rather than facts sells in a "media climate that considers news
a "product" and readers and viewers "consumers"."
As an example, female genital mutilation affects millions of women worldwide,
yet you rarely hear about this. By contrast, the Kobe Bryant rape trial,
Laci Peterson's murder and the Simpson case were staple front page headlines
Rape is without doubt the most titilating crime there is. It is no accident
that rape is a frequent theme in pornography. The sexual brutilization
of women is a highly marketable business, bringing in some $10 billion
in profits in the U.S. every year. As lucrative as the portrayal of
rape is in the adult entertainment industry, it stands to reason that
it is also a profitable story for the news media as well. It is interesting
to note that the very same cable companies that broadcast news shows
also broadcast pornography. In fact one of those companies, Time Warner,
is the parent company of CNN.
of the economics involved is a recent Viagra advertisement that has
been shown extensively on the nightly news. It shows a man exhibiting
his devilish impulses by being turned on by very revealing women's lingerie.
That the networks see fit to advertise male sexual lust and what a turn-on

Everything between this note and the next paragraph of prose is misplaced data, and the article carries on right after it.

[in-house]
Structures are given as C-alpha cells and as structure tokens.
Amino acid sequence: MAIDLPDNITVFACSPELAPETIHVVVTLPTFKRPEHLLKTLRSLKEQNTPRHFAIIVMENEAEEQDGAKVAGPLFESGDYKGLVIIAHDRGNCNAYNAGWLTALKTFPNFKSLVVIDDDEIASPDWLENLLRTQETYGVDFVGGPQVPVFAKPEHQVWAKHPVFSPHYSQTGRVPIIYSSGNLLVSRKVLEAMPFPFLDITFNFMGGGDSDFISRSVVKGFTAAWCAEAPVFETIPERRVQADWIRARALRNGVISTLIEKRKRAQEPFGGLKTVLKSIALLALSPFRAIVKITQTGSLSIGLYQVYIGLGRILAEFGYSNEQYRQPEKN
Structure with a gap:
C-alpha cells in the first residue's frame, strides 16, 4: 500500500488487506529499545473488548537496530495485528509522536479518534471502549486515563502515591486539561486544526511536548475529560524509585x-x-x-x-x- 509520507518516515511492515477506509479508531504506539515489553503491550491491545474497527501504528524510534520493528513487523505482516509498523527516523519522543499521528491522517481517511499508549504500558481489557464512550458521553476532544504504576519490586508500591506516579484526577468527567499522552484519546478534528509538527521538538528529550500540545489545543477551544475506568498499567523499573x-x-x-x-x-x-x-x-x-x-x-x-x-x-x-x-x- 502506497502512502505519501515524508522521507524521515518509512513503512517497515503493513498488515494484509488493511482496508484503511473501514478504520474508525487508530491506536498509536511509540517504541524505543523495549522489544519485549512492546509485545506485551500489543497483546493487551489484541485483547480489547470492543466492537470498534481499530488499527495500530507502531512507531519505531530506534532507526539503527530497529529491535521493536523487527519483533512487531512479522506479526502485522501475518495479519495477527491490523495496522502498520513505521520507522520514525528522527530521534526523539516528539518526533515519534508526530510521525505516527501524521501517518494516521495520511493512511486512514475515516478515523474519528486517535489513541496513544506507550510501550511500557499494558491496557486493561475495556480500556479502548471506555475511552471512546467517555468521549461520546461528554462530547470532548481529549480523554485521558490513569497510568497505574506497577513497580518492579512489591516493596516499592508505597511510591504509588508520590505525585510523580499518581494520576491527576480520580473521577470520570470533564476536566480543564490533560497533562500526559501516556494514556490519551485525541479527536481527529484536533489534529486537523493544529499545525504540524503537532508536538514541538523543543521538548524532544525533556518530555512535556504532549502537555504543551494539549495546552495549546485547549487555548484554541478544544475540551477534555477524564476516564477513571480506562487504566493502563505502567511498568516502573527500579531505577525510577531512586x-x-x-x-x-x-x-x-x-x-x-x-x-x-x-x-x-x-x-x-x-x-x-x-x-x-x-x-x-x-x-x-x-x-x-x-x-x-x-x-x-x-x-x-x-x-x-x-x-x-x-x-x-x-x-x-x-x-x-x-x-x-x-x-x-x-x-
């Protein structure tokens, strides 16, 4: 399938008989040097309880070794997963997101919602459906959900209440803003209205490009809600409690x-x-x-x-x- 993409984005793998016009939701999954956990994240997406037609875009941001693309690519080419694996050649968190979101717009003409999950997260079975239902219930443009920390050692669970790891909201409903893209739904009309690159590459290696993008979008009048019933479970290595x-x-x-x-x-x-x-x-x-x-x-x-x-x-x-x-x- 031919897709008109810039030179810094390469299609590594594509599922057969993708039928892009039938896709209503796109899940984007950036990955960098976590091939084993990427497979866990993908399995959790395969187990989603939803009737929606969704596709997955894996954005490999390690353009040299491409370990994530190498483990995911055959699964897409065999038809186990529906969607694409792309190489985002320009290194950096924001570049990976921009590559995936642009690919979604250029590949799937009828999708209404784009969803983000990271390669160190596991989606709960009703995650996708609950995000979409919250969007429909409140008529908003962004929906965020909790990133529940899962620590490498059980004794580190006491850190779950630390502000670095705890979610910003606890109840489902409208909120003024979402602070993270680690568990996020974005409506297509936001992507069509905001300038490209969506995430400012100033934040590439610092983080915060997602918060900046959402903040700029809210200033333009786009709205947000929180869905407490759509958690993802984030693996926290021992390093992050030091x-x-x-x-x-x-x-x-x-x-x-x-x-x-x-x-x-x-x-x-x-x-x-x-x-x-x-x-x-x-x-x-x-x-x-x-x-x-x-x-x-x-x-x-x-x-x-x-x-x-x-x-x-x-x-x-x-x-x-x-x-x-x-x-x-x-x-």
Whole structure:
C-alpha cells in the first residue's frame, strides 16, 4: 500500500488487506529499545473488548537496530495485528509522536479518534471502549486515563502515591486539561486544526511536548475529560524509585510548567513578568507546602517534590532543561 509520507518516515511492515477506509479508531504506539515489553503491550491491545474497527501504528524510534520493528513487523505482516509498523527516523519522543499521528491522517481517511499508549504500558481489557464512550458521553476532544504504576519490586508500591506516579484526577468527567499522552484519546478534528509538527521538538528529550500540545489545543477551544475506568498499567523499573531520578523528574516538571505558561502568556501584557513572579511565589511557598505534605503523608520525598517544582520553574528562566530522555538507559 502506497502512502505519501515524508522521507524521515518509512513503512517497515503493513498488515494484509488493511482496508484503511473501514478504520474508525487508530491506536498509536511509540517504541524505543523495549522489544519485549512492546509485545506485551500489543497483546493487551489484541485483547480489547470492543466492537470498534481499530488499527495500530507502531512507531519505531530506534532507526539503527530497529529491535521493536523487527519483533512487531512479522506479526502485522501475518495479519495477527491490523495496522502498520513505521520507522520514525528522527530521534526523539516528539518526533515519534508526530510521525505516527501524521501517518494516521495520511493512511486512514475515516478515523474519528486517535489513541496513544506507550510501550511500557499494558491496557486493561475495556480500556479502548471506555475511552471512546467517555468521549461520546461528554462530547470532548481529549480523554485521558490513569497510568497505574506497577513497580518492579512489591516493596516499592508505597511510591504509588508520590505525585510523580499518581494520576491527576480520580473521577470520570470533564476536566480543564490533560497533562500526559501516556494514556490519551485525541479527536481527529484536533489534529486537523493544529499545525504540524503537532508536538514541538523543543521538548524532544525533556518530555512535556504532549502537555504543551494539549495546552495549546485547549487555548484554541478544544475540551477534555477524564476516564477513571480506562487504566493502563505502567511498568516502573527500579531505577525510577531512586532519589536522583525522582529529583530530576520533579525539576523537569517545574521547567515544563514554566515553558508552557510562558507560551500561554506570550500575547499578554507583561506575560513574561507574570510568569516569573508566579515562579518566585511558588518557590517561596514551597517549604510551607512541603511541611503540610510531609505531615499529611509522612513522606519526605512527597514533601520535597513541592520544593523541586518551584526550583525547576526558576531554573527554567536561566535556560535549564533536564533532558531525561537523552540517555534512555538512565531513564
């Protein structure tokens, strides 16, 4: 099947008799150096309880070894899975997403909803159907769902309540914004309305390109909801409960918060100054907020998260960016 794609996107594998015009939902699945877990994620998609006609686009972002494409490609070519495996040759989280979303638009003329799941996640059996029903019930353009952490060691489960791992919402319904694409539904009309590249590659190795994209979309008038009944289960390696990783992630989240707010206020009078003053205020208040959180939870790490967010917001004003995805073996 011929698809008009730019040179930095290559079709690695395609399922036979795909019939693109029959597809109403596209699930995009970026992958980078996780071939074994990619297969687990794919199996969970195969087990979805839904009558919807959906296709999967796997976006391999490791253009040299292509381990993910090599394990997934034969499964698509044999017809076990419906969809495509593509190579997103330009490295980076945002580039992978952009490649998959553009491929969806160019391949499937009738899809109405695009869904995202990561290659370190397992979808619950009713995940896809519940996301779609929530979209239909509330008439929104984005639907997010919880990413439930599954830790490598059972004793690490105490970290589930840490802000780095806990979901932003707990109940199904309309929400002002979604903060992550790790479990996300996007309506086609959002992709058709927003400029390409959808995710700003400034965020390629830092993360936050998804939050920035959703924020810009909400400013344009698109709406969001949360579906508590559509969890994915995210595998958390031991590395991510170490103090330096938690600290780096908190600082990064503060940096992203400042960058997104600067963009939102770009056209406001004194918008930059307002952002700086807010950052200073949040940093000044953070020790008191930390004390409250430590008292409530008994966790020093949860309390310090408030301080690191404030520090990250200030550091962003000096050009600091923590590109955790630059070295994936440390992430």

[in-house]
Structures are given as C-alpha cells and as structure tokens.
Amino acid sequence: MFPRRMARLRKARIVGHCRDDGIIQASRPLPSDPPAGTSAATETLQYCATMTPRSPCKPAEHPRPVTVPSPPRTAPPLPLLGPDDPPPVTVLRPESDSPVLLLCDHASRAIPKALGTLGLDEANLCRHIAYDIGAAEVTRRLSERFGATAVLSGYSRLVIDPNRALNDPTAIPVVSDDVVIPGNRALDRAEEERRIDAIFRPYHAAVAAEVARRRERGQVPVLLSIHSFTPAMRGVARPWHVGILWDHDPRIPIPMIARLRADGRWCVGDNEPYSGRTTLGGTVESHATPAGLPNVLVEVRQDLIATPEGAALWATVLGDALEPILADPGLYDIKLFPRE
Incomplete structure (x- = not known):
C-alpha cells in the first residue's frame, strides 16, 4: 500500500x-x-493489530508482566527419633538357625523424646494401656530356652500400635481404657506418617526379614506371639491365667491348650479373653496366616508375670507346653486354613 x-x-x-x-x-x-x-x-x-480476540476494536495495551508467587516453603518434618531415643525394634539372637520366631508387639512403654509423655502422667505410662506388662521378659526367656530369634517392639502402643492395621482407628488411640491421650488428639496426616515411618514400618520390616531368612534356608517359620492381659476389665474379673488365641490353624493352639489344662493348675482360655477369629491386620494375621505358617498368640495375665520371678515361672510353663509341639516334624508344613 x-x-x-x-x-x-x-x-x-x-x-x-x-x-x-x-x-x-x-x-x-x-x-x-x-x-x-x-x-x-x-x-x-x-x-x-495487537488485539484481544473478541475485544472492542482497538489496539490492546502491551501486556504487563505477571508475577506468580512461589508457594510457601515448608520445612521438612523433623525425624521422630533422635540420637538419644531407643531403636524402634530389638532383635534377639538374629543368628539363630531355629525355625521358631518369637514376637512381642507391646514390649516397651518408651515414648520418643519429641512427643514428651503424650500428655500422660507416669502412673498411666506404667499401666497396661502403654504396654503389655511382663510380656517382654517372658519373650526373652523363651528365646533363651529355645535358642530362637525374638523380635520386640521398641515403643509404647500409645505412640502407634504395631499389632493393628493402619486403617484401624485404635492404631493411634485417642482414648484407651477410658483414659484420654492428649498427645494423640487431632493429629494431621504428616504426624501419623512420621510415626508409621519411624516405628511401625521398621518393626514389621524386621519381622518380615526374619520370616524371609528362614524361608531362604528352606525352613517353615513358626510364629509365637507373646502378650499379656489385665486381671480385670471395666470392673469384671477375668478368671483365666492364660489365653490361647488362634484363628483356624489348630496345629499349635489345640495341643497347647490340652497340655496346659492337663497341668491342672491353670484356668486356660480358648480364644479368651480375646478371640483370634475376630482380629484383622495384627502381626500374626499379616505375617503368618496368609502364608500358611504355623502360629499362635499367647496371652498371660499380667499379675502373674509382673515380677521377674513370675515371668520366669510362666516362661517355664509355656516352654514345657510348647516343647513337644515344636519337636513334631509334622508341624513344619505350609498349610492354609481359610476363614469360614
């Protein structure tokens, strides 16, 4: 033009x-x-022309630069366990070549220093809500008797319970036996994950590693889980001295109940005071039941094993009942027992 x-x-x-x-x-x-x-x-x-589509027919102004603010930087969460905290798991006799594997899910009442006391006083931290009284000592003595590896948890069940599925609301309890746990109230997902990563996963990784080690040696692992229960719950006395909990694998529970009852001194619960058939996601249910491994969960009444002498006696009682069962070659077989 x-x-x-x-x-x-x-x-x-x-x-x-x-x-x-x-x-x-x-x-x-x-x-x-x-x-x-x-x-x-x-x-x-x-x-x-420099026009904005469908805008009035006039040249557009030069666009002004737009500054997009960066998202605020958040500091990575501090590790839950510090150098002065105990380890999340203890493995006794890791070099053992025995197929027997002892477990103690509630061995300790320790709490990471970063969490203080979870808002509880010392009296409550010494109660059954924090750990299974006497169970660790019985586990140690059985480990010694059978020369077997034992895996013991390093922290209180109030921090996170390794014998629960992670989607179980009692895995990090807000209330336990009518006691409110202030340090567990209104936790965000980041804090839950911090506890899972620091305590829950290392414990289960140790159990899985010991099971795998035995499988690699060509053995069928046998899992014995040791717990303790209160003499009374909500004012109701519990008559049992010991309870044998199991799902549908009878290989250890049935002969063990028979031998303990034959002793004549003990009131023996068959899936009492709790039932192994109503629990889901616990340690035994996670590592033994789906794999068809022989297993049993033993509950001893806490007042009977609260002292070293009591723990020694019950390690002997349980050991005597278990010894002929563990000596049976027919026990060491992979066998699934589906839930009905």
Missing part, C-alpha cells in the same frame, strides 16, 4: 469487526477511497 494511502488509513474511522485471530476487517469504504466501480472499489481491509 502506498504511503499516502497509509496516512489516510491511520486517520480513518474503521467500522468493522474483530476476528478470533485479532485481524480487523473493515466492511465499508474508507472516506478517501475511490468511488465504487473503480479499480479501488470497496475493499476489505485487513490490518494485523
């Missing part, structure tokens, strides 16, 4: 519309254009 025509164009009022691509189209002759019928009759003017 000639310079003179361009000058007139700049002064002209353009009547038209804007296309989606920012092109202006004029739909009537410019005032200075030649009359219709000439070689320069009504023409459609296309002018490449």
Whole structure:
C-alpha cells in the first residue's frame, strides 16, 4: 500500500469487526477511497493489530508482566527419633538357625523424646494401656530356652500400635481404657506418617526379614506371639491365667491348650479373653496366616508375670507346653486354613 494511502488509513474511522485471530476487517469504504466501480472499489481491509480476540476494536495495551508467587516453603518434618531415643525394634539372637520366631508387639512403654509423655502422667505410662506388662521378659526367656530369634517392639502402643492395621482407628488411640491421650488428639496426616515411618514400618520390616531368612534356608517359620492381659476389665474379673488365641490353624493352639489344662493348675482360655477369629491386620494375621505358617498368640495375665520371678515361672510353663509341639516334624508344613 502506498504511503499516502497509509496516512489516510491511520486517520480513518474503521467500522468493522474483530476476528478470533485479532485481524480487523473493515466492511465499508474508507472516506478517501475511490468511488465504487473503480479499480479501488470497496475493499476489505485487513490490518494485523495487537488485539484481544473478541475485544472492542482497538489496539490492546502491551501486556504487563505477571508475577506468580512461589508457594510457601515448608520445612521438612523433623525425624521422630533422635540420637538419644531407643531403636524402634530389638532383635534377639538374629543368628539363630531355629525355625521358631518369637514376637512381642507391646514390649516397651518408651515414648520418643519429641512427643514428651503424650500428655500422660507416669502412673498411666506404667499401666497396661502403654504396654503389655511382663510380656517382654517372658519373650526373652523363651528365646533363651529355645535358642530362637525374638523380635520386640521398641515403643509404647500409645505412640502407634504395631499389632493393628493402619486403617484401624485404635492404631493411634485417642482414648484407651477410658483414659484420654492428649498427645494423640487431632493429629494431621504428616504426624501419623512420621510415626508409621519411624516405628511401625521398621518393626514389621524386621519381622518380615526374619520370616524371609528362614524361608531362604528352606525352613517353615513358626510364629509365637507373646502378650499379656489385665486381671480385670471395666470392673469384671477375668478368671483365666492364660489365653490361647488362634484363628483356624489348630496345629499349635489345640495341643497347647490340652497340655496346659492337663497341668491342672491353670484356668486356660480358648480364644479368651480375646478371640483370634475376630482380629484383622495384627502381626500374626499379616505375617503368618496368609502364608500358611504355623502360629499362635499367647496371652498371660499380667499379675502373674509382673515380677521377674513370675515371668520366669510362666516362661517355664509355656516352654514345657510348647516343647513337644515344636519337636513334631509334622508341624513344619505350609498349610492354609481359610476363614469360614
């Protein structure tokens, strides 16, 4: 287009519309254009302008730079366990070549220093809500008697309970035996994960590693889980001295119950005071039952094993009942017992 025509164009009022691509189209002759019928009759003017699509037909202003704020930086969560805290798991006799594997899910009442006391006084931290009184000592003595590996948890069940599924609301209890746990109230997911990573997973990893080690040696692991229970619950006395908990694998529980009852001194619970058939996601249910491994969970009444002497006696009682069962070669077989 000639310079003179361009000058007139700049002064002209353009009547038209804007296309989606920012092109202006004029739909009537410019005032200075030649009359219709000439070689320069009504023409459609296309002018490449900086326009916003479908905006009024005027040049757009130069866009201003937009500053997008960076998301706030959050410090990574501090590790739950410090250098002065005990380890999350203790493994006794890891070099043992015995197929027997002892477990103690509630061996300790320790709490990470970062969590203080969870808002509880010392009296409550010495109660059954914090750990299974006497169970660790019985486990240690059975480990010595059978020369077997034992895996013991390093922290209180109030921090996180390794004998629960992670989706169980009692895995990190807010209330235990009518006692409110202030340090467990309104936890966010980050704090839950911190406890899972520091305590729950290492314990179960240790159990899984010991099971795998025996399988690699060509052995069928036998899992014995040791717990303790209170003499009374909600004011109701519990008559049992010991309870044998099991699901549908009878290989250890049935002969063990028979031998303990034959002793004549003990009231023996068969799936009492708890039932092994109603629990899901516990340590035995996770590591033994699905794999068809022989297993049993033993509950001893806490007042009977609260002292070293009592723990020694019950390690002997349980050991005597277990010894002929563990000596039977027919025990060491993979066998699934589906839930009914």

women's underwear is during the evening news says much. Clearly the
objectification and trivialization of women's lives and bodies in the
cause of satisfying the male need for sexual power mitigates any possibility
of appropriately addressing violence against women.
It is also important
to note that the worst sensationalizing occurs when women commit sexualized
violence, you can count on that to be the day's top story. Witness the
Lorena Bobbit case (she cut off her husband's penis but was found innocent
by reason of insanity caused by the abusive behavior of her husband).
More recently Abu Ghraib, where the actions of a few women such as Lynndie
England were huge news, but the abuse of women prisoners in the same
prison has been totally ignored by the media or dismissed as 'just porn'
provides another stunning example of this sort of sensationalism.
As Frieda Werden